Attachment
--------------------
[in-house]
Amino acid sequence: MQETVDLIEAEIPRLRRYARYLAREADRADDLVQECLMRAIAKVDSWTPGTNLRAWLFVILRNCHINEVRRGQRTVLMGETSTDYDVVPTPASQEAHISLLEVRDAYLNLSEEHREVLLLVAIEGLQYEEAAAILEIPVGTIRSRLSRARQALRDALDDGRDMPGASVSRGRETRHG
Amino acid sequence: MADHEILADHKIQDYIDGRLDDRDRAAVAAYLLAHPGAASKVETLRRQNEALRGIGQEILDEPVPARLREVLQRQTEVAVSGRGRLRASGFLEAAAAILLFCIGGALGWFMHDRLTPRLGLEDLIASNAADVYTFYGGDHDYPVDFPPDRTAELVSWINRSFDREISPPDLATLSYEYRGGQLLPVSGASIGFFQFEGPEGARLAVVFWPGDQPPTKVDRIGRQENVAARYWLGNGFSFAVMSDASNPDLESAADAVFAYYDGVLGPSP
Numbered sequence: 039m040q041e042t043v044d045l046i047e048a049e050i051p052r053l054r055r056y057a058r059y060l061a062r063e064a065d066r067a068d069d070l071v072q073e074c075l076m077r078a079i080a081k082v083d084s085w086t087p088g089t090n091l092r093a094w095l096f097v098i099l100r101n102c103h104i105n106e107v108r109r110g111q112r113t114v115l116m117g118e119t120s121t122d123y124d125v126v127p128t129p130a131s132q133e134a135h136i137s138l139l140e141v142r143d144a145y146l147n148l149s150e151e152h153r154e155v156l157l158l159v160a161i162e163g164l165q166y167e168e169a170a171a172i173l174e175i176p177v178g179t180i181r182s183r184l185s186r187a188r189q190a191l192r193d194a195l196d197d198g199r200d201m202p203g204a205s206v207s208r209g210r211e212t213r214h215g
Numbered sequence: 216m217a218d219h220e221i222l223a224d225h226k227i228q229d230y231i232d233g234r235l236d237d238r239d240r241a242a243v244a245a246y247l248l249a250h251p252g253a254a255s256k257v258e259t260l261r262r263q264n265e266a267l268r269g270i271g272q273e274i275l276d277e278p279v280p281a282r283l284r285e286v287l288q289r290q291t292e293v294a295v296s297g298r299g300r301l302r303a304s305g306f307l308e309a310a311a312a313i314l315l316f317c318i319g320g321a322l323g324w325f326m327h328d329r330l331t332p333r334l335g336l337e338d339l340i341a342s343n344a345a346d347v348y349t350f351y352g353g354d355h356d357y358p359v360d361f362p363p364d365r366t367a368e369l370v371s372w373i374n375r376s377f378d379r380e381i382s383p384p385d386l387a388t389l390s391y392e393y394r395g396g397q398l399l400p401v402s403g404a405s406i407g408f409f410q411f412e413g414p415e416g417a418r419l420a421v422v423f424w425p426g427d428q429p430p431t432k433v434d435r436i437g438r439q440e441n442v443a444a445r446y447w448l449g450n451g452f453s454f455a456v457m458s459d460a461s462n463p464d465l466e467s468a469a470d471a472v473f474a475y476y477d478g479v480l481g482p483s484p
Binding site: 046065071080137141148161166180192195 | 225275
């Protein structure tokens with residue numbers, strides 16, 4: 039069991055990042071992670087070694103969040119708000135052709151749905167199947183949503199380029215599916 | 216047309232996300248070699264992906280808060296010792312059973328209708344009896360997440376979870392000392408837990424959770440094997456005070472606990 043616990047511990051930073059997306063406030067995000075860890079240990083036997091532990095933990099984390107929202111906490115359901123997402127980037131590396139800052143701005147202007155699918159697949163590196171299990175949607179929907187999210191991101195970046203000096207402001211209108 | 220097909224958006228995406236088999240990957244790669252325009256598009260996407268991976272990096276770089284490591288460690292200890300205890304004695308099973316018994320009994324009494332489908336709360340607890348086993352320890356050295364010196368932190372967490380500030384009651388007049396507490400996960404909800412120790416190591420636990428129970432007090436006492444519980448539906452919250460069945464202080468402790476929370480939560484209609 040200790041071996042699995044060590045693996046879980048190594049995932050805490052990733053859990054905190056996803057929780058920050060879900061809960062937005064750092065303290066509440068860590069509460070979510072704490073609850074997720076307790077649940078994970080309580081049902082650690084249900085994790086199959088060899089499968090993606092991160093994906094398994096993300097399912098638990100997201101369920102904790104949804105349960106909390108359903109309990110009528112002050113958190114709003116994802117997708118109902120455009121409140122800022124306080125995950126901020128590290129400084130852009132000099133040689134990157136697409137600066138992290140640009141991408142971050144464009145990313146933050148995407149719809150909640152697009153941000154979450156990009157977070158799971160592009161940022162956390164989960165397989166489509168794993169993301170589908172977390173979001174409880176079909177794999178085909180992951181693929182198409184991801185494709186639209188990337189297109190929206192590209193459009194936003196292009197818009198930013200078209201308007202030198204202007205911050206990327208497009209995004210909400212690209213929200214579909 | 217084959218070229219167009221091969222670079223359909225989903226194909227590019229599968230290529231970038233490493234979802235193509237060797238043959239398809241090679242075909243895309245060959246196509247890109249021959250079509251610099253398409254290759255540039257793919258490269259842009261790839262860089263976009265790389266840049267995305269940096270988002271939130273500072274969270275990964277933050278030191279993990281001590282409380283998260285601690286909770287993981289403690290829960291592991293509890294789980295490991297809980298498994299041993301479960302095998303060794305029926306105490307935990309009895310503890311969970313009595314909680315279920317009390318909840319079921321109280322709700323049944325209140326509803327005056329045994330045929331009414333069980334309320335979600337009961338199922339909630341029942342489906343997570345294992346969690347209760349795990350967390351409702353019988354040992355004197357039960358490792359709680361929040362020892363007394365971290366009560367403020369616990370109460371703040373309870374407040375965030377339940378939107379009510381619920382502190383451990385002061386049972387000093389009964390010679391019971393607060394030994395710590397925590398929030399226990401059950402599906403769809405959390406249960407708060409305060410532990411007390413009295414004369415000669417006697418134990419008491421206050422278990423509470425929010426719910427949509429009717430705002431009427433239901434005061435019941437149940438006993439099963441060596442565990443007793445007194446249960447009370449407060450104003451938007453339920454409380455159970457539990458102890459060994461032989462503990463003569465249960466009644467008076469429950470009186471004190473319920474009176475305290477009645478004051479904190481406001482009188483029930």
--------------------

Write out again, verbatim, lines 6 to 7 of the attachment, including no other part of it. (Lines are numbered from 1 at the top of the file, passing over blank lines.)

Binding site: 046065071080137141148161166180192195 | 225275
């Protein structure tokens with residue numbers, strides 16, 4: 039069991055990042071992670087070694103969040119708000135052709151749905167199947183949503199380029215599916 | 216047309232996300248070699264992906280808060296010792312059973328209708344009896360997440376979870392000392408837990424959770440094997456005070472606990 043616990047511990051930073059997306063406030067995000075860890079240990083036997091532990095933990099984390107929202111906490115359901123997402127980037131590396139800052143701005147202007155699918159697949163590196171299990175949607179929907187999210191991101195970046203000096207402001211209108 | 220097909224958006228995406236088999240990957244790669252325009256598009260996407268991976272990096276770089284490591288460690292200890300205890304004695308099973316018994320009994324009494332489908336709360340607890348086993352320890356050295364010196368932190372967490380500030384009651388007049396507490400996960404909800412120790416190591420636990428129970432007090436006492444519980448539906452919250460069945464202080468402790476929370480939560484209609 040200790041071996042699995044060590045693996046879980048190594049995932050805490052990733053859990054905190056996803057929780058920050060879900061809960062937005064750092065303290066509440068860590069509460070979510072704490073609850074997720076307790077649940078994970080309580081049902082650690084249900085994790086199959088060899089499968090993606092991160093994906094398994096993300097399912098638990100997201101369920102904790104949804105349960106909390108359903109309990110009528112002050113958190114709003116994802117997708118109902120455009121409140122800022124306080125995950126901020128590290129400084130852009132000099133040689134990157136697409137600066138992290140640009141991408142971050144464009145990313146933050148995407149719809150909640152697009153941000154979450156990009157977070158799971160592009161940022162956390164989960165397989166489509168794993169993301170589908172977390173979001174409880176079909177794999178085909180992951181693929182198409184991801185494709186639209188990337189297109190929206192590209193459009194936003196292009197818009198930013200078209201308007202030198204202007205911050206990327208497009209995004210909400212690209213929200214579909 | 217084959218070229219167009221091969222670079223359909225989903226194909227590019229599968230290529231970038233490493234979802235193509237060797238043959239398809241090679242075909243895309245060959246196509247890109249021959250079509251610099253398409254290759255540039257793919258490269259842009261790839262860089263976009265790389266840049267995305269940096270988002271939130273500072274969270275990964277933050278030191279993990281001590282409380283998260285601690286909770287993981289403690290829960291592991293509890294789980295490991297809980298498994299041993301479960302095998303060794305029926306105490307935990309009895310503890311969970313009595314909680315279920317009390318909840319079921321109280322709700323049944325209140326509803327005056329045994330045929331009414333069980334309320335979600337009961338199922339909630341029942342489906343997570345294992346969690347209760349795990350967390351409702353019988354040992355004197357039960358490792359709680361929040362020892363007394365971290366009560367403020369616990370109460371703040373309870374407040375965030377339940378939107379009510381619920382502190383451990385002061386049972387000093389009964390010679391019971393607060394030994395710590397925590398929030399226990401059950402599906403769809405959390406249960407708060409305060410532990411007390413009295414004369415000669417006697418134990419008491421206050422278990423509470425929010426719910427949509429009717430705002431009427433239901434005061435019941437149940438006993439099963441060596442565990443007793445007194446249960447009370449407060450104003451938007453339920454409380455159970457539990458102890459060994461032989462503990463003569465249960466009644467008076469429950470009186471004190473319920474009176475305290477009645478004051479904190481406001482009188483029930």